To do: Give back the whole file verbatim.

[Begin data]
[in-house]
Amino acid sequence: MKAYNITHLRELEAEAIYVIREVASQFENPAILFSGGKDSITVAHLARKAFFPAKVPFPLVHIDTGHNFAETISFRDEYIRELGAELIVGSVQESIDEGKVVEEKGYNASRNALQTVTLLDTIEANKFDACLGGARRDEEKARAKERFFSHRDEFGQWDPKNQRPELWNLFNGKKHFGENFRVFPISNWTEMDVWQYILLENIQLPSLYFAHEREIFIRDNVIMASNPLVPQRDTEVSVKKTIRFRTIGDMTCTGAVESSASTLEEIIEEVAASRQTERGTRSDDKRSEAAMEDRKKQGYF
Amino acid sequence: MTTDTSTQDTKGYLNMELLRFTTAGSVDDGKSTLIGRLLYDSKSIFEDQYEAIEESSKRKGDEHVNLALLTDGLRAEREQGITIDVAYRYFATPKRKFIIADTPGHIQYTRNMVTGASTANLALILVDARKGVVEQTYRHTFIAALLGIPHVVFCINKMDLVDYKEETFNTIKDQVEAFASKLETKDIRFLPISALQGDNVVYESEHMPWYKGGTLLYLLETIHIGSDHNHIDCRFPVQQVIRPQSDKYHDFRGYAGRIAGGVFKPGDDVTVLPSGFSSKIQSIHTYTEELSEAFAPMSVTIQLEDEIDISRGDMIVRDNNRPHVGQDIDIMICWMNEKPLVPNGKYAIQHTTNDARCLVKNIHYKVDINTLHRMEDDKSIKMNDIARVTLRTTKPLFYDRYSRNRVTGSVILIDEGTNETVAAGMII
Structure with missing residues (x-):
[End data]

[in-house]
Amino acid sequence: MKAYNITHLRELEAEAIYVIREVASQFENPAILFSGGKDSITVAHLARKAFFPAKVPFPLVHIDTGHNFAETISFRDEYIRELGAELIVGSVQESIDEGKVVEEKGYNASRNALQTVTLLDTIEANKFDACLGGARRDEEKARAKERFFSHRDEFGQWDPKNQRPELWNLFNGKKHFGENFRVFPISNWTEMDVWQYILLENIQLPSLYFAHEREIFIRDNVIMASNPLVPQRDTEVSVKKTIRFRTIGDMTCTGAVESSASTLEEIIEEVAASRQTERGTRSDDKRSEAAMEDRKKQGYF
Amino acid sequence: MTTDTSTQDTKGYLNMELLRFTTAGSVDDGKSTLIGRLLYDSKSIFEDQYEAIEESSKRKGDEHVNLALLTDGLRAEREQGITIDVAYRYFATPKRKFIIADTPGHIQYTRNMVTGASTANLALILVDARKGVVEQTYRHTFIAALLGIPHVVFCINKMDLVDYKEETFNTIKDQVEAFASKLETKDIRFLPISALQGDNVVYESEHMPWYKGGTLLYLLETIHIGSDHNHIDCRFPVQQVIRPQSDKYHDFRGYAGRIAGGVFKPGDDVTVLPSGFSSKIQSIHTYTEELSEAFAPMSVTIQLEDEIDISRGDMIVRDNNRPHVGQDIDIMICWMNEKPLVPNGKYAIQHTTNDARCLVKNIHYKVDINTLHRMEDDKSIKMNDIARVTLRTTKPLFYDRYSRNRVTGSVILIDEGTNETVAAGMII
Structure with missing residues (x-):